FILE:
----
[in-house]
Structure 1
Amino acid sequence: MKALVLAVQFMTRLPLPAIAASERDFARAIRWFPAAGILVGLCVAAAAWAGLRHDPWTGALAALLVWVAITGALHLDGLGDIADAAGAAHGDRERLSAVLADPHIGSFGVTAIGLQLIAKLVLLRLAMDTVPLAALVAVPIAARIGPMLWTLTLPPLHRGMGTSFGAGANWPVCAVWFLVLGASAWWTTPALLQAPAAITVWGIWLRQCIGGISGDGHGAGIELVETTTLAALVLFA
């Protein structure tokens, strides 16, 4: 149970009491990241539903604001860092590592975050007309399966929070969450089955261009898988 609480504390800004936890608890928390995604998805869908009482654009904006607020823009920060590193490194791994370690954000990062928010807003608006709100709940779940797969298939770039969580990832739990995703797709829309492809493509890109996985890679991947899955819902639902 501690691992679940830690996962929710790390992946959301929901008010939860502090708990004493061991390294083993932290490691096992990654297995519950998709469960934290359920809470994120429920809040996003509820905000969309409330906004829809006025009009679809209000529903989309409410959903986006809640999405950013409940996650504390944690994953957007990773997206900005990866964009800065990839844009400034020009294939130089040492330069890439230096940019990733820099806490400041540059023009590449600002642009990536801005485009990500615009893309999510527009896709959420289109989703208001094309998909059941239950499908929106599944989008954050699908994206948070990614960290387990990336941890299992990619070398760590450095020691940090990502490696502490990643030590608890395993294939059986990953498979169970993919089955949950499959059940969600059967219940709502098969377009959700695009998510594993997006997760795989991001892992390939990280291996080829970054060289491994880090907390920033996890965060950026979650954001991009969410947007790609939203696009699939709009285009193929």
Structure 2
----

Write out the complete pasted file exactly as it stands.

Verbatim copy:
[in-house]
Structure 1
Amino acid sequence: MKALVLAVQFMTRLPLPAIAASERDFARAIRWFPAAGILVGLCVAAAAWAGLRHDPWTGALAALLVWVAITGALHLDGLGDIADAAGAAHGDRERLSAVLADPHIGSFGVTAIGLQLIAKLVLLRLAMDTVPLAALVAVPIAARIGPMLWTLTLPPLHRGMGTSFGAGANWPVCAVWFLVLGASAWWTTPALLQAPAAITVWGIWLRQCIGGISGDGHGAGIELVETTTLAALVLFA
């Protein structure tokens, strides 16, 4: 149970009491990241539903604001860092590592975050007309399966929070969450089955261009898988 609480504390800004936890608890928390995604998805869908009482654009904006607020823009920060590193490194791994370690954000990062928010807003608006709100709940779940797969298939770039969580990832739990995703797709829309492809493509890109996985890679991947899955819902639902 501690691992679940830690996962929710790390992946959301929901008010939860502090708990004493061991390294083993932290490691096992990654297995519950998709469960934290359920809470994120429920809040996003509820905000969309409330906004829809006025009009679809209000529903989309409410959903986006809640999405950013409940996650504390944690994953957007990773997206900005990866964009800065990839844009400034020009294939130089040492330069890439230096940019990733820099806490400041540059023009590449600002642009990536801005485009990500615009893309999510527009896709959420289109989703208001094309998909059941239950499908929106599944989008954050699908994206948070990614960290387990990336941890299992990619070398760590450095020691940090990502490696502490990643030590608890395993294939059986990953498979169970993919089955949950499959059940969600059967219940709502098969377009959700695009998510594993997006997760795989991001892992390939990280291996080829970054060289491994880090907390920033996890965060950026979650954001991009969410947007790609939203696009699939709009285009193929």
Structure 2